1. Improvisation. There is a fabulous scene, easily found on YouTube, in The Princess Bride where Fezzik (Andre the Giant) creates rhyming couplets using the phrases spoken by his conspirators. This is a form of call and response, which is a very useful tool to get a student creating lyrics and melody on the fly. First, play a simple chord progression that can be repeated. The 12 bar blues is great for this, but even easier and “cooler” is a two chord I – bVII progression, built on the Mixolydian mode (i.e. in D Mixolydian, that would be D – C. See the example below). Modes are currently widely used in pop – Royals by Lorde is in D Mixolydian – so should be explored! Start by “calling” a melodic phrase with a lyric. Your student will complete the rhyming couplet by “responding” with another phrase. Continue calling and responding until you build up a bank of ideas or the song comes to a natural end. The student can choose the strongest ideas and use them to craft a song.
  2. Brainstorm. Dr Seuss wrote The Cat In The Hat by organising a list of common sight words into rhymes and then writing the story around those rhymes. A similar approach to lyric writing works very well as a starting point for a pop song. First, choose a topic or a word as the basis of the song. Then have the student write down everything they can think of about that topic. Finding any rhymes within that brainstorm can start the student organising their thoughts into sections. Can they find common ideas that fit together to makes verses, a chorus and possibly a bridge? After the lyrics have been written, the student can try singing their lyrics a cappella to work out a melody and then harmonise that melody at the piano.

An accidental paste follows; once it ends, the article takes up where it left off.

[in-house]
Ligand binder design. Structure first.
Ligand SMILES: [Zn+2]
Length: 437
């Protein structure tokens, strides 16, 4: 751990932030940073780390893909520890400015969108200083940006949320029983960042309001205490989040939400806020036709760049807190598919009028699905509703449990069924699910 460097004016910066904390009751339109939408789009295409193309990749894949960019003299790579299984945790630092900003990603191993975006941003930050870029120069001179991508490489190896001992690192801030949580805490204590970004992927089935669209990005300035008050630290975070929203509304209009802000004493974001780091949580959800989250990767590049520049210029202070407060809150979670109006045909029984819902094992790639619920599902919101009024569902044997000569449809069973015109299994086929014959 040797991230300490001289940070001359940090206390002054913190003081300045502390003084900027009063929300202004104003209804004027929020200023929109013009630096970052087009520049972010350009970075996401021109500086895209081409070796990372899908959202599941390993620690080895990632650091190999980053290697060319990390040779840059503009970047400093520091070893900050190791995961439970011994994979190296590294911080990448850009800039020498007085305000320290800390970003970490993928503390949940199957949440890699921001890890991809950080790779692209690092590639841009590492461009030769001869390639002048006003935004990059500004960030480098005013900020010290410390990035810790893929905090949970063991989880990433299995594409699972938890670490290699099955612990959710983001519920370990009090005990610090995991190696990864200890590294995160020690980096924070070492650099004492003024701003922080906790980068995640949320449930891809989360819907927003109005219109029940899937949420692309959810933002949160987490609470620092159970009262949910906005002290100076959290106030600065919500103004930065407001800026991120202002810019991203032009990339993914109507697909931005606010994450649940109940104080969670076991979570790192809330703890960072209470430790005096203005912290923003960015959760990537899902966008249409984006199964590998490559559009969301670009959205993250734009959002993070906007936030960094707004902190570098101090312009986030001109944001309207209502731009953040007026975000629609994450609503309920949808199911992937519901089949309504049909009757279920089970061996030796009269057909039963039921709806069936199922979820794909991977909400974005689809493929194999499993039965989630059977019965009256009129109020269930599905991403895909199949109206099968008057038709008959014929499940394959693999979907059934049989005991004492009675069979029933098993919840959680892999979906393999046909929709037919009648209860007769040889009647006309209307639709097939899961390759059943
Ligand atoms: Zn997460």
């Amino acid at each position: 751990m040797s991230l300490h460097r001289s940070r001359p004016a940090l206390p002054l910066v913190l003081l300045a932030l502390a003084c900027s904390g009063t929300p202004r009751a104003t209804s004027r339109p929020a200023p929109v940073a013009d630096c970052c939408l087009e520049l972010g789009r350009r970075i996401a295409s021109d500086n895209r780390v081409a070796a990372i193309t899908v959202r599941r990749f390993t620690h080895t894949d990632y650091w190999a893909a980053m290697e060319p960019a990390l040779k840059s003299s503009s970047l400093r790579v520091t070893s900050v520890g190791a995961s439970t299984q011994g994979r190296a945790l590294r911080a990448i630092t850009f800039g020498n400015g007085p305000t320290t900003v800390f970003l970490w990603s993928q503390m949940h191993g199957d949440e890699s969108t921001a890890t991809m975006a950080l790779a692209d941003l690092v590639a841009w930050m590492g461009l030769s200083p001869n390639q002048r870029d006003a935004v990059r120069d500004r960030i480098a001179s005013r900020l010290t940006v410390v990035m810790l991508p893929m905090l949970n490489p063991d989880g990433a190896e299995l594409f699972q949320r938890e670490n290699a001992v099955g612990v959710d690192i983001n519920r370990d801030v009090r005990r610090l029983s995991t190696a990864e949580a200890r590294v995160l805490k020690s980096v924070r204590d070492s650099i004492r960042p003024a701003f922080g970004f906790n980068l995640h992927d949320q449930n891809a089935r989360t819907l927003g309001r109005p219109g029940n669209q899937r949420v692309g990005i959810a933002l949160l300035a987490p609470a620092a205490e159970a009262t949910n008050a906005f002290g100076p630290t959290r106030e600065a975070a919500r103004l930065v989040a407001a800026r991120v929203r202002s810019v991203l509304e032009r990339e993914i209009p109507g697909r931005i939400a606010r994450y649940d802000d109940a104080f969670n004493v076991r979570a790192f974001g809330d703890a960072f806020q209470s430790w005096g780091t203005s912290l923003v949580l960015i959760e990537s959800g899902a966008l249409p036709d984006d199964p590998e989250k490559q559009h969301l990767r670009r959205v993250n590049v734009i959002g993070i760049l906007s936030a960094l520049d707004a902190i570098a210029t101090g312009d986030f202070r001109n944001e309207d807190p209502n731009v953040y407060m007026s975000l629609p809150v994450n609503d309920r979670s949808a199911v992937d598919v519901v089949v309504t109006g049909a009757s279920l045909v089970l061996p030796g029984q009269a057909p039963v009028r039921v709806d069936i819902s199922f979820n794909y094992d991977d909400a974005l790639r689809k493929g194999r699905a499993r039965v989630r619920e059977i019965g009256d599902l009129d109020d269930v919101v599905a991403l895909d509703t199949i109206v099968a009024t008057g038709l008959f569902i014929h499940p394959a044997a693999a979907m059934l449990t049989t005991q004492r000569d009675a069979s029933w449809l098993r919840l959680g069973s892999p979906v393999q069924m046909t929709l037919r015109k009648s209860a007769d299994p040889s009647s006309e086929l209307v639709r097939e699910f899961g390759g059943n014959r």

3. Chordal Approach. While some pop songs have complex chord progressions and use extensions and suspensions, many are harmonically simple and use four chords (or fewer!). Pick a key and give your students four chords. I, IV, V and vi works well as it is simple but versatile. In D major, that would be D, G, A and Bm. If the student wants to write in a minor tonality, the same four chords as for the relative major can be used. That is, in B minor, the student can easily make use of Bm, D, G and A. This means they will actually be writing in B Aeolian, so no raised 7th is necessary. The student can choose to put these chords in any order to use as the foundation to build a melody. They can use the same order for verses and choruses, though changing the order makes it easier to contrast the sections. The same four chords can be used to harmonise most melodies, so this can be a follow up strategy after a lyrics brainstorm. In the example below, those previously mentioned chords are placed in the order Bm – G – D – A, which then would repeat. The melody over the top uses mostly chordal notes with some passing notes.